JEREMY WADSWORTH Enlarge
JEREMY WADSWORTH Enlarge
What Toledo Area Athletic Conference school has the best boys basketball team?
At first glance, the question seems simple enough. But the answer isn t nearly that simple.
A look at the standings shows two teams, Ottawa Hills and Toledo Christian, ahead of the rest. But there s no separation between the two, since both have identical 9-1 league records. And there s little difference in their overall records the Green Bears are 14-2, the Eagles 15-1.
They ve met twice and split a pair of hard-fought games. Ottawa Hills claimed a 43-38 victory on its home court in December, with the Eagles returning the favor with a 62-58 win in overtime at home last Friday.
If we played 10 times, we d play 10 games like the first two, Ottawa Hills coach John Lindsay said. The games include some great matchups, and both teams have some great competitors who have a great desire to win.
Toledo Christian entered this season as the favorite to win the TAAC title despite losing five seniors who played key roles on a 22-1 team that reached the Division VI district final.
They were a great group of kids, Eagles coach Dave McWhinnie said. They worked hard and did everything we asked of them. They were a special group.
But I was excited about this group too. When I first came to TC they were in fifth and sixth-grade, and I ve seen them have success. They have good guard play and good size, a good blend, and they are competitive.
McWhinnie knew the foundation for this year s team would be Ethan Michael, a 6-6 junior, who was the TAAC player of the year last season. He averages 13.4 points and 9.8 rebounds per game. Kyle Whitlow, a 6-1 senior who came off the bench last season, contributes 13.4 points per contest.
Kyle has been a tremendous leader he sets the tone for us, McWhinnie said. He does the little things, such as boxing out, so well, and he has an intense desire to win.
Ethan had a great year last year, and he has developed a mid-range jumper. But on the defensive end, he s a difference-maker. He s an intimidating force with long arms and great range.
Among those who have filled the holes left by graduation are seniors Grant Sims (10.9) and Carson Oostra, (8.5).
Grant has really stepped up his game and has played five or six really good games lately, McWhinnie said. Right now he s playing at an all-league level, and you can see his confidence rising.
Carson is hard to stop in transition, and he has picked up his level of athleticism [from last season]. I didn t expect us to press and use pressure as much as we have this season, but we ve done it because he s such a force in a press.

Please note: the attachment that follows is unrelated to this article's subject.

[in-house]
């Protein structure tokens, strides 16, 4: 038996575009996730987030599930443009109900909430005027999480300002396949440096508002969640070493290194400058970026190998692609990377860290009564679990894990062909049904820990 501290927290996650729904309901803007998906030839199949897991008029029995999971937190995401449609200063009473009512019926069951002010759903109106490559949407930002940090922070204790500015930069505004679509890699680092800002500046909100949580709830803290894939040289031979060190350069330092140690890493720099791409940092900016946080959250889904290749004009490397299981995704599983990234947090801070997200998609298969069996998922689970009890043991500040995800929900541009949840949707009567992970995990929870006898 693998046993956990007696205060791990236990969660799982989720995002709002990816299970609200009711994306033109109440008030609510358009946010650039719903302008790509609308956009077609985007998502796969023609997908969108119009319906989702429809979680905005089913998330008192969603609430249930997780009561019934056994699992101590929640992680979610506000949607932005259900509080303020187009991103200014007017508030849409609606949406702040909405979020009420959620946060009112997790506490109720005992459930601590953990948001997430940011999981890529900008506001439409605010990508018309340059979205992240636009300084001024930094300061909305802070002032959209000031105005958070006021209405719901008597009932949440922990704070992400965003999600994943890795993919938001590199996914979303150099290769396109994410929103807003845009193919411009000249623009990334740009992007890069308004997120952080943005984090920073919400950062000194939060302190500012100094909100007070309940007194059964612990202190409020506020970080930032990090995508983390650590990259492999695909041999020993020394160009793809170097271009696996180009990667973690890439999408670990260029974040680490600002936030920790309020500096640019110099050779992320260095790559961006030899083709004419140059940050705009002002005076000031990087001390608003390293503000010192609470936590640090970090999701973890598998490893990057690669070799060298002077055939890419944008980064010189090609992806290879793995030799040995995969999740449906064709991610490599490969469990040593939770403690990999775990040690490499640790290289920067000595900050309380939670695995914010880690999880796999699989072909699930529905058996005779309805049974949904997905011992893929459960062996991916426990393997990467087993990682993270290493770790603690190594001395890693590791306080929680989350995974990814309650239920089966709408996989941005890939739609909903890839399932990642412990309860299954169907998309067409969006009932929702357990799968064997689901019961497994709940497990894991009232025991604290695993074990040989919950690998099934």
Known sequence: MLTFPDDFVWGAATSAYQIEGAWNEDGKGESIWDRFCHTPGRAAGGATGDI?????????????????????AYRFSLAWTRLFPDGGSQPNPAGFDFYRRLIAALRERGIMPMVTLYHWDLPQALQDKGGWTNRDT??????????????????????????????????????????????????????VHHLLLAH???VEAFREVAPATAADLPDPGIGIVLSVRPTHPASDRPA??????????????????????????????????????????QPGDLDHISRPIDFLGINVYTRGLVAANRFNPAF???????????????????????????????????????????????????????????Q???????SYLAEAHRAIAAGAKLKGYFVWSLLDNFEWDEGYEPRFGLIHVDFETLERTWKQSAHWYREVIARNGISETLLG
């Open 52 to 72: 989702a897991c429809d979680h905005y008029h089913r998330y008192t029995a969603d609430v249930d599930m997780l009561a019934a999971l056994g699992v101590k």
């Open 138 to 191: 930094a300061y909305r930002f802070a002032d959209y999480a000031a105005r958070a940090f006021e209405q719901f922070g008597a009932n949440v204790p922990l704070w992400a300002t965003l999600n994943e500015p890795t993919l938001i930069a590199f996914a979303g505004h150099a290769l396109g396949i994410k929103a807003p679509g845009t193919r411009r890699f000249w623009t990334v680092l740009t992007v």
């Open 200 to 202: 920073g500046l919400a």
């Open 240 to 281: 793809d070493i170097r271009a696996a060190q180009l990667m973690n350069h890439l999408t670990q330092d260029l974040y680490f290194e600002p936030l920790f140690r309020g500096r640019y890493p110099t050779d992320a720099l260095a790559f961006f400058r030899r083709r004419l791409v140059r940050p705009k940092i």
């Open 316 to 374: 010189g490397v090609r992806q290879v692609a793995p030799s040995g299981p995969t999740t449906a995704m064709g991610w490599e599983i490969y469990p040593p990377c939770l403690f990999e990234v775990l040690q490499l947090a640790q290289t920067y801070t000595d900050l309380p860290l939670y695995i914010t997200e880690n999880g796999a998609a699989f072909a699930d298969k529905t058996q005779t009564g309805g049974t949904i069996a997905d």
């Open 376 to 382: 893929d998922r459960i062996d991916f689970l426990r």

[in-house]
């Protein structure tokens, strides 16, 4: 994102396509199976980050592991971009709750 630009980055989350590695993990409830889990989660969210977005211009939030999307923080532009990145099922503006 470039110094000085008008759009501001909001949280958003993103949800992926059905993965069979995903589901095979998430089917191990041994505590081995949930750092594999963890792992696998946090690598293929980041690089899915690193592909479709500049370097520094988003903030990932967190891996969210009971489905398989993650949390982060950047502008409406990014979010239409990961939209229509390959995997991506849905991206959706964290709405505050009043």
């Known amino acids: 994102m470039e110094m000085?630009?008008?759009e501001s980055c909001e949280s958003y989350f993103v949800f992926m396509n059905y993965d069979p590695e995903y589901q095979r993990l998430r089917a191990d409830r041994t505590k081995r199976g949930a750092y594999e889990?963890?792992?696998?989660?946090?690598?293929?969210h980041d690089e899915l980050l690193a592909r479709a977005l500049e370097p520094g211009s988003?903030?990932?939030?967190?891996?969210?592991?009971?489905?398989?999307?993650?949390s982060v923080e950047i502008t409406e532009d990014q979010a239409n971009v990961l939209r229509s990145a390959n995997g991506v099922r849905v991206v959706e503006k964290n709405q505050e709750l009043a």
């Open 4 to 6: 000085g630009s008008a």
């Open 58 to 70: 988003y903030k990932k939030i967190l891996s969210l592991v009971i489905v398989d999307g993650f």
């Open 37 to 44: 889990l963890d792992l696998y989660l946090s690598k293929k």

McWhinnie felt his team s early season loss to Ottawa Hills helped the Eagles become a better team.
We knew after that game we still had some work to do, McWhinnie said. We realized that, if we didn t work hard for a day or two, they would be getting a leg up on us.
Neither team gives up an inch, and if you give either team an inch, they ll take it.
Lindsay said he entered this season confident the Green Bears would improve on last year s third-place finish.
I knew many of our players had really improved over the summer, he said. They put in a lot of work to improve their games in a lot of ways.
The leader has been Brent Abendroth, a 6-3 senior who averages 18.7 points per game.
The greatest quality Brent possesses is his competitiveness, Lindsay said. He has a deep desire to play at the next level, and both in the summer and in the season he works on his shot, his conditioning, and all the aspects of his game.
He also has been a great leader for us. He always competes hard in practice, but he takes [his competitiveness] up a couple of notches in a game.
Abendroth s scoring has been complemented by the 18.4 points per game of Philip Beans, a 6-7 junior who averages 11.9 rebounds. He leads the TAAC in both categories.
His work ethic is similar to that of Brent, Lindsay said of Beans. They both are very dedicated to improving their games. One of the biggest improvements Phillip has made is in his ability to run the floor, and he also has done better at getting rebounds outside of his area.
Sophomore Eliot Browarsky started at point guard as a freshman and has learned his lessons well. The 6-0 guard scores 12.1 points per game and adds 7.4 assists and 3.1 steals per contest.
I think Eliot is one of the best point guards in the area, Lindsay said. He has unbelievable court awareness and basketball sense, and he s a great competitor. He s a guy that you want on your team.
The Green Bears have shown depth as well, thanks to the development of seniors Armon Mohammadione and Matt Navarre, as well as junior Kevin Nugent.
At the beginning of the season, I thought depth would be an issue, Lindsay said. But some kids have really stepped up for us. One of those is Kevin Nugent, who is our best defender and who extends so many of our possessions because he wins the hustle plays. And he has improved his offense too.
Matt Navarre and Armon Mohammadione have added to our depth. They re really made great strides this year.
What has made this growing rivalry so interesting is the respect both teams have for one another. But both coaches also pointed out that neither holds any animosity for its rival.
There always has been a great deal of respect between the two teams, Lindsay said. But this year there are some friendships as well, and I think that s pretty neat.
In years past the two teams might have settled the score with a third meeting during tournament time. But Ottawa Hills has moved to Division III, while Toledo Christian remains in Division IV.
It might be fun to play them a third time, but I expect they will have a lot of success inDivision III, McWhinnie said of the Green Bears. One thing I do know: If we played again, it would be a great game.